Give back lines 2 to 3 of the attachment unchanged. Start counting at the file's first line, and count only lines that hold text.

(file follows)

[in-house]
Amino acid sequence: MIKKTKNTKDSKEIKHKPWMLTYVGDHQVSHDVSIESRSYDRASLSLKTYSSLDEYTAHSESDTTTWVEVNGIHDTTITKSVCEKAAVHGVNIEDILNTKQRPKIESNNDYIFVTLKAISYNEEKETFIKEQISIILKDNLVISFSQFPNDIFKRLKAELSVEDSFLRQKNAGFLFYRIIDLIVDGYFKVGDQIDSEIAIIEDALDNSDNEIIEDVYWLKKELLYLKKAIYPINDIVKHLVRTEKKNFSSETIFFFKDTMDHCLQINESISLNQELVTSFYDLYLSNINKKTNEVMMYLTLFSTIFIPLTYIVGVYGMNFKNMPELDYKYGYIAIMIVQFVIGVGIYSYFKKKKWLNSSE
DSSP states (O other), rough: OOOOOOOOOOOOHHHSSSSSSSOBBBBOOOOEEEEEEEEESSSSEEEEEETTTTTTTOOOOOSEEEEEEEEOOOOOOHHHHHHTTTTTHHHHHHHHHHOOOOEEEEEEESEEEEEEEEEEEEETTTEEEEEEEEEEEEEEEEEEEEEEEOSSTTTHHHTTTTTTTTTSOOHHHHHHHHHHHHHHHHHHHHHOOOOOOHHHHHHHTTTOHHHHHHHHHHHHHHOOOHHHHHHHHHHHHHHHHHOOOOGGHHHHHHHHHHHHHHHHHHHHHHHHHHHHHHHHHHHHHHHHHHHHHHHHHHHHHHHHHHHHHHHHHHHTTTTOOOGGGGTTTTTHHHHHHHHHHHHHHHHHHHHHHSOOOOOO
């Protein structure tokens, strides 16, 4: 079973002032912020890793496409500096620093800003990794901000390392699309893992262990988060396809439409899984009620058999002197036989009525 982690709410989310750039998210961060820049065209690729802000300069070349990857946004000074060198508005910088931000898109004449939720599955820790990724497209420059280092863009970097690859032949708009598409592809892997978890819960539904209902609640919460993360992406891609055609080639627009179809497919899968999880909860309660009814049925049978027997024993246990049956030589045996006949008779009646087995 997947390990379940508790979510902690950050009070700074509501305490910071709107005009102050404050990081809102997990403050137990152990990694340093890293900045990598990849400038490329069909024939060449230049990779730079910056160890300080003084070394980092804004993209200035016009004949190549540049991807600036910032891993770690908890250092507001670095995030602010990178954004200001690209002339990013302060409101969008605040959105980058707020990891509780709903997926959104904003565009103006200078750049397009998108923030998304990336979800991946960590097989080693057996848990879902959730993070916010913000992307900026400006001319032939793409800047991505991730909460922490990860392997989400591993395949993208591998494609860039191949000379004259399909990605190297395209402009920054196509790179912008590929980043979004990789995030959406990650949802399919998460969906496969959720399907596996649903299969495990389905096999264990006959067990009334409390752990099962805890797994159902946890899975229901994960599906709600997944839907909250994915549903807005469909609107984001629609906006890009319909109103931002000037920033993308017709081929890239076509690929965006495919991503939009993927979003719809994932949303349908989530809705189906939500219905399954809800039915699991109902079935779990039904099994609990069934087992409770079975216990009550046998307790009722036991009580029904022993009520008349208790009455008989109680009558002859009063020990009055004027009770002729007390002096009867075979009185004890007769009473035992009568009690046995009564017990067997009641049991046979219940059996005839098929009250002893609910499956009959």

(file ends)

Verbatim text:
Amino acid sequence: MIKKTKNTKDSKEIKHKPWMLTYVGDHQVSHDVSIESRSYDRASLSLKTYSSLDEYTAHSESDTTTWVEVNGIHDTTITKSVCEKAAVHGVNIEDILNTKQRPKIESNNDYIFVTLKAISYNEEKETFIKEQISIILKDNLVISFSQFPNDIFKRLKAELSVEDSFLRQKNAGFLFYRIIDLIVDGYFKVGDQIDSEIAIIEDALDNSDNEIIEDVYWLKKELLYLKKAIYPINDIVKHLVRTEKKNFSSETIFFFKDTMDHCLQINESISLNQELVTSFYDLYLSNINKKTNEVMMYLTLFSTIFIPLTYIVGVYGMNFKNMPELDYKYGYIAIMIVQFVIGVGIYSYFKKKKWLNSSE
DSSP states (O other), rough: OOOOOOOOOOOOHHHSSSSSSSOBBBBOOOOEEEEEEEEESSSSEEEEEETTTTTTTOOOOOSEEEEEEEEOOOOOOHHHHHHTTTTTHHHHHHHHHHOOOOEEEEEEESEEEEEEEEEEEEETTTEEEEEEEEEEEEEEEEEEEEEEEOSSTTTHHHTTTTTTTTTSOOHHHHHHHHHHHHHHHHHHHHHOOOOOOHHHHHHHTTTOHHHHHHHHHHHHHHOOOHHHHHHHHHHHHHHHHHOOOOGGHHHHHHHHHHHHHHHHHHHHHHHHHHHHHHHHHHHHHHHHHHHHHHHHHHHHHHHHHHHHHHHHHHHTTTTOOOGGGGTTTTTHHHHHHHHHHHHHHHHHHHHHHSOOOOOO